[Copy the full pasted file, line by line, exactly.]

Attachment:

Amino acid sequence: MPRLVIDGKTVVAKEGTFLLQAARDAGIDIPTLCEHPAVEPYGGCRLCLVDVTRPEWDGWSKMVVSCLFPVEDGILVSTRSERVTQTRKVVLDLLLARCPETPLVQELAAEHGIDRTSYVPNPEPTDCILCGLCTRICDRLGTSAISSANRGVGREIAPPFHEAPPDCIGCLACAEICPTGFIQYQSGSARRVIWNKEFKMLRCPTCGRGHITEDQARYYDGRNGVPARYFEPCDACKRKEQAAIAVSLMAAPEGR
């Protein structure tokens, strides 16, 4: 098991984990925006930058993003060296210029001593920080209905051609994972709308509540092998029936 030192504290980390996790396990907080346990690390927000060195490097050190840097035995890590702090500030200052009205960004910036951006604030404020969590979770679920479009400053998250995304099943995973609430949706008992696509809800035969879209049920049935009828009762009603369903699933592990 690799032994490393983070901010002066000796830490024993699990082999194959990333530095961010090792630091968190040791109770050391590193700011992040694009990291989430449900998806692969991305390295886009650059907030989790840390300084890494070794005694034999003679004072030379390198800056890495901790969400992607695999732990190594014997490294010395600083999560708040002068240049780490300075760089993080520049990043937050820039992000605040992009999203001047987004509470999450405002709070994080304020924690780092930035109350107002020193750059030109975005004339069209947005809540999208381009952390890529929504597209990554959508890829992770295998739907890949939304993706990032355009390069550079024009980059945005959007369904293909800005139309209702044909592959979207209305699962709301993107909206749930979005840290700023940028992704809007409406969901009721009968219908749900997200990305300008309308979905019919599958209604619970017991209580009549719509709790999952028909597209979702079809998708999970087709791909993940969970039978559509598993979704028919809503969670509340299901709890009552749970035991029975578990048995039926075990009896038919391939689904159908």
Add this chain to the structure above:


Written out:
Amino acid sequence: MPRLVIDGKTVVAKEGTFLLQAARDAGIDIPTLCEHPAVEPYGGCRLCLVDVTRPEWDGWSKMVVSCLFPVEDGILVSTRSERVTQTRKVVLDLLLARCPETPLVQELAAEHGIDRTSYVPNPEPTDCILCGLCTRICDRLGTSAISSANRGVGREIAPPFHEAPPDCIGCLACAEICPTGFIQYQSGSARRVIWNKEFKMLRCPTCGRGHITEDQARYYDGRNGVPARYFEPCDACKRKEQAAIAVSLMAAPEGR
């Protein structure tokens, strides 16, 4: 098991984990925006930058993003060296210029001593920080209905051609994972709308509540092998029936 030192504290980390996790396990907080346990690390927000060195490097050190840097035995890590702090500030200052009205960004910036951006604030404020969590979770679920479009400053998250995304099943995973609430949706008992696509809800035969879209049920049935009828009762009603369903699933592990 690799032994490393983070901010002066000796830490024993699990082999194959990333530095961010090792630091968190040791109770050391590193700011992040694009990291989430449900998806692969991305390295886009650059907030989790840390300084890494070794005694034999003679004072030379390198800056890495901790969400992607695999732990190594014997490294010395600083999560708040002068240049780490300075760089993080520049990043937050820039992000605040992009999203001047987004509470999450405002709070994080304020924690780092930035109350107002020193750059030109975005004339069209947005809540999208381009952390890529929504597209990554959508890829992770295998739907890949939304993706990032355009390069550079024009980059945005959007369904293909800005139309209702044909592959979207209305699962709301993107909206749930979005840290700023940028992704809007409406969901009721009968219908749900997200990305300008309308979905019919599958209604619970017991209580009549719509709790999952028909597209979702079809998708999970087709791909993940969970039978559509598993979704028919809503969670509340299901709890009552749970035991029975578990048995039926075990009896038919391939689904159908």
Add this chain to the structure above: